Ahead of the release of his latest film, Liselotte Vanophem sat down with Lorcan Finnegan to talk about Vivarium, filming techniques and the future.
Liselotte Vanophem: Hi Lorcan, how are you?
Lorcan Finnegan: Yeah, I’m fine. Busy with the interviews.
LV: Congratulations on the film. How did you come up with the story for this film?
LF: Well, in 2011 we made a short film called Foxes and it was a supernatural story about a young couple who were trapped in this ghost estate in Ireland that was left abandoned. Apart from them, there was nobody else there. That was more of a supernatural story but the stories and ideas of that film were something that we wanted to expand upon more metaphorically in a sci-fi, ‘twilight zone’ type of film. That’s what we develop into a long feature film. Vivarium is different from Foxes but it has some similar ideas.
LV: The cast consists of big names such as Jesse Eisenberg and Imogen Poots but the actor who’s the most amazing one in this film is without a doubt Senan Jennings who plays the boy. How did you come across him?
LF: Getting the right actor for that part was always going to be challenging. We thought we were never going to find a little child who could do all of the things that we wrote about in the script. We got a bunch of self-tapes coming in and then I saw a lot of the actors as well. We were very lucky that we got Senan cause when he sent in his tape, it was so good. I asked him to do some other parts of the film and then he sent in another tape and again it was brilliant. We were like ‘ok, he got the part’.
He was great to work with. He was seven but when he read the script, he completely understood it. After we told him that he got the part, his mom said that they were going to supermarkets to watch people and copy them. He just loved it.
LV: In this movie, Senan’s character shouts and screams a lot. How was it to make him do that on cue?
LF: Well, he just loved it. At some points, we were just trying to make him stop. I was worried about his throat and that he would lose his voice. He had no problem with it at all and he just went for it. That was another thing that he showed us during his auditioning tape.
LV: During this film, Imogen’s character needs to choose whether to let the boy live or die? What would you have done in that situation?
LF: I would save him as he’s still a living creature after all but it rationally also makes sense to not save him.
LV: How much input did the actors have regarding the lines and the script?
LF: Well, we talked a lot bout the script before shooting and made some changes to dialogue and we also cut some dialogue and scenes. We also wrote a few new scenes. When you’re developing a script, other people are involved and everyone has a few notes here and there and some input. Once we came to shoot it, we all kind of trusted each other and if the scene didn’t feel right then we would just change it and try something different.
LV: What was the first scene that you shot between the couple and the child because that probably must have been a very crucial one?
LF: It would probably have been the bedroom scenes during which the audience sees the boy for this first time. I remember Jesse saying that Senan was exactly as he imagined from the script but he never thought that we could find a kid who could do it.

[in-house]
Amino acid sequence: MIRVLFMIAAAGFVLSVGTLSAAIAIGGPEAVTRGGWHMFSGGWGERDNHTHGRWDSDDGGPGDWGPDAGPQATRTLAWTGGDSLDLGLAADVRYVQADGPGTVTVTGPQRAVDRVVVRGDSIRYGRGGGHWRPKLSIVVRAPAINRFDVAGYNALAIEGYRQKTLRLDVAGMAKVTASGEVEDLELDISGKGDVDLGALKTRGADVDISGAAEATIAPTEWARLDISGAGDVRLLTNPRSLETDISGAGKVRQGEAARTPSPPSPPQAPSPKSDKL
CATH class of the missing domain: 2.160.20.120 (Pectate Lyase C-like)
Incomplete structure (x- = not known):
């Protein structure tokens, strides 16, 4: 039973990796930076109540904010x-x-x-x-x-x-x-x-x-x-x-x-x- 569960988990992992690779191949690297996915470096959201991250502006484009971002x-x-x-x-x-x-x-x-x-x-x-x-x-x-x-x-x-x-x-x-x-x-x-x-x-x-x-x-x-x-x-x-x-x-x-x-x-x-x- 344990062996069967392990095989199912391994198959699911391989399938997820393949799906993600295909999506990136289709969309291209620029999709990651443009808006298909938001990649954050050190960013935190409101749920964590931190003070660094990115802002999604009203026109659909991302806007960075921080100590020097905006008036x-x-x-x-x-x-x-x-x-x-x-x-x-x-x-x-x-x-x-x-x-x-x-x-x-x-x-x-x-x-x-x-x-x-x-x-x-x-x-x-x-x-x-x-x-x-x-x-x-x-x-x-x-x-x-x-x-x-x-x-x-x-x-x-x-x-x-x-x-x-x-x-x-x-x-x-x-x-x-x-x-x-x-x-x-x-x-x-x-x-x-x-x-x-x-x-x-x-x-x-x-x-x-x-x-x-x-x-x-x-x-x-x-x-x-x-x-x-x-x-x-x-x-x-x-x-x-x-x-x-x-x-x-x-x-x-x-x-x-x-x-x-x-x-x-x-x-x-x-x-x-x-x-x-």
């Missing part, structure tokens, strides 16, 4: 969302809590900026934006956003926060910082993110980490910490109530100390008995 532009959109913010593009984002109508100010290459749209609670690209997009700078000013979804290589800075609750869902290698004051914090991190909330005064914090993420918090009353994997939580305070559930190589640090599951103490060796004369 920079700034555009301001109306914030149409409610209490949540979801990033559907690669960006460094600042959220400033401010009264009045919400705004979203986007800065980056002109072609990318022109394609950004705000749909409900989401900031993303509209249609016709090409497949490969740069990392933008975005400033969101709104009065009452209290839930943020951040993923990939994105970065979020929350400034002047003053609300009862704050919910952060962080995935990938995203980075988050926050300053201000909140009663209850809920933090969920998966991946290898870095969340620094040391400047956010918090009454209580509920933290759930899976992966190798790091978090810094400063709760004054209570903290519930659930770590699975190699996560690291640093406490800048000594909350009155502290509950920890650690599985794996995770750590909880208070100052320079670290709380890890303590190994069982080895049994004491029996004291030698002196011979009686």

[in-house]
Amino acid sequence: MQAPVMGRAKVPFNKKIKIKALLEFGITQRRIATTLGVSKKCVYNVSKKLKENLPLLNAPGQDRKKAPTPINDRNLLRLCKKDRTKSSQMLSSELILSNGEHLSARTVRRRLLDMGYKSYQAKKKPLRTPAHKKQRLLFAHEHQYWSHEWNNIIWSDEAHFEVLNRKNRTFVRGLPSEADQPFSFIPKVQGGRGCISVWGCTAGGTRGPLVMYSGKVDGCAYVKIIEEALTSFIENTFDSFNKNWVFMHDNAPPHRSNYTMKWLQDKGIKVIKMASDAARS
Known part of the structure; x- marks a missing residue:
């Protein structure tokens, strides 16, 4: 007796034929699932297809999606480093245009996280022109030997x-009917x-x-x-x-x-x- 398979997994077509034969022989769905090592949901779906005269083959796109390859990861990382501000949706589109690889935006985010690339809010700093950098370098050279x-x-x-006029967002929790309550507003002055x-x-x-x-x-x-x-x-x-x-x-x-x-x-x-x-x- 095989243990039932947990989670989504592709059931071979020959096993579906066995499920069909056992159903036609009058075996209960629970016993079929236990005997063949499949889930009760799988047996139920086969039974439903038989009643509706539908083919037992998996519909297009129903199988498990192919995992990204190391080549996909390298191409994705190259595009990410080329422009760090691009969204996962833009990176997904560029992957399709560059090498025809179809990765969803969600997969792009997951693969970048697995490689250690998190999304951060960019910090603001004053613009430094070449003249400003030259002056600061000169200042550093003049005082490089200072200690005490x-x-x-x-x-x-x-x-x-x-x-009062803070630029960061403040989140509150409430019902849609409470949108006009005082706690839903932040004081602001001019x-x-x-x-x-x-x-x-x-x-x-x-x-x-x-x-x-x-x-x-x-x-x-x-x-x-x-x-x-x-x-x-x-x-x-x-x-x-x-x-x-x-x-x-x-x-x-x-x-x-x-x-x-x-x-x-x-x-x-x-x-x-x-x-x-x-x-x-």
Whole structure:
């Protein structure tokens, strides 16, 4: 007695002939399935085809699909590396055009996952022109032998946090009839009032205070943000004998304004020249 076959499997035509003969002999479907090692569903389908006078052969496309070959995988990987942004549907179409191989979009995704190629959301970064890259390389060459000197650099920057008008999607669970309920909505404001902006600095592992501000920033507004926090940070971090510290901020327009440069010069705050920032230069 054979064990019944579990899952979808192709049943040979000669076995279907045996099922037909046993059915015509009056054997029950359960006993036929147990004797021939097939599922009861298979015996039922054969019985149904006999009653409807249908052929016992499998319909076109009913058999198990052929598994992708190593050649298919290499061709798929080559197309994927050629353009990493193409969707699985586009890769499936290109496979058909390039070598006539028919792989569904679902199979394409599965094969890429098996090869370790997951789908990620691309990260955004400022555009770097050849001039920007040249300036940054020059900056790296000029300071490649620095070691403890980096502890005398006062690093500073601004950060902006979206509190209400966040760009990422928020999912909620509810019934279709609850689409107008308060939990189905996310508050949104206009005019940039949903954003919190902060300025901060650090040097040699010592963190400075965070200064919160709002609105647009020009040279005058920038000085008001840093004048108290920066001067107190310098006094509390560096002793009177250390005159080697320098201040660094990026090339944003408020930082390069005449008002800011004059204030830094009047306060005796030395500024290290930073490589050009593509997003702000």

LV: The houses in Yonder are the same. Green, neat and almost to perfect. How did you film them? Was it a green screen or on-location?
LF: Well, it’s a mixture of things. We’ve build sets with the facades of threes, houses, footpaths, gardens, and roads. Then we shot sets of that same thing to expand it to the back and then the set was scanned and made into 3D. A lot of it was 2D map paintings, sometimes it’s CGI and sometimes it’s 2D plates that are being composed together. It was a lot of different techniques that came together.
LV: What was the hardest part for you to film for this movie cause it’s a very complex movie technical wise it seems?
LF: Yes, it was indeed a very technical film to make and a bit tricky as well. The trickiest scene was probably the one in which they’re trying to drive out of the place. We only had a certain amount of sets and then we had to switch to location as well. Trying to make the lighting the same. The aerial shots were also shot in a different location again. Then we combined all of that to make it feel like one sequence. That was something that we have been working on for a long time.
LV: If you look back on the film now, what’s the scene that still gets you the most?
LF: I think it would be the last scene between Imogen and the boy. I also like the scene very much during which they’re talking about the clouds. Also, all the scenes with Jonathan Aris were so much fun.
LV: What do you hope that people will take away with them after seeing this film?
LF: Well, I hope that they will think it’s the best film they’ve seen in their lives. In this film, there are a lot of metaphors that are wrapped in a sci-fi story. Some people seem to enjoy it as a pure sci-fi movie and other people see parts of their own lives in it. I enjoy getting to know people their interpretations of the story and how they relate to the story. I just hope people will enjoy it.
LV: One last question: What’s next for you?
LF: I’m working on a film called Nocebo which a supernatural revenge thriller about fashion and the exploitation of the east by the west. I’m also working on another project called Goliath which is a reimagining of the story of David and Goliath and is set in the dystopian near future. It’s about creating monsters, starting wars and stealing resources.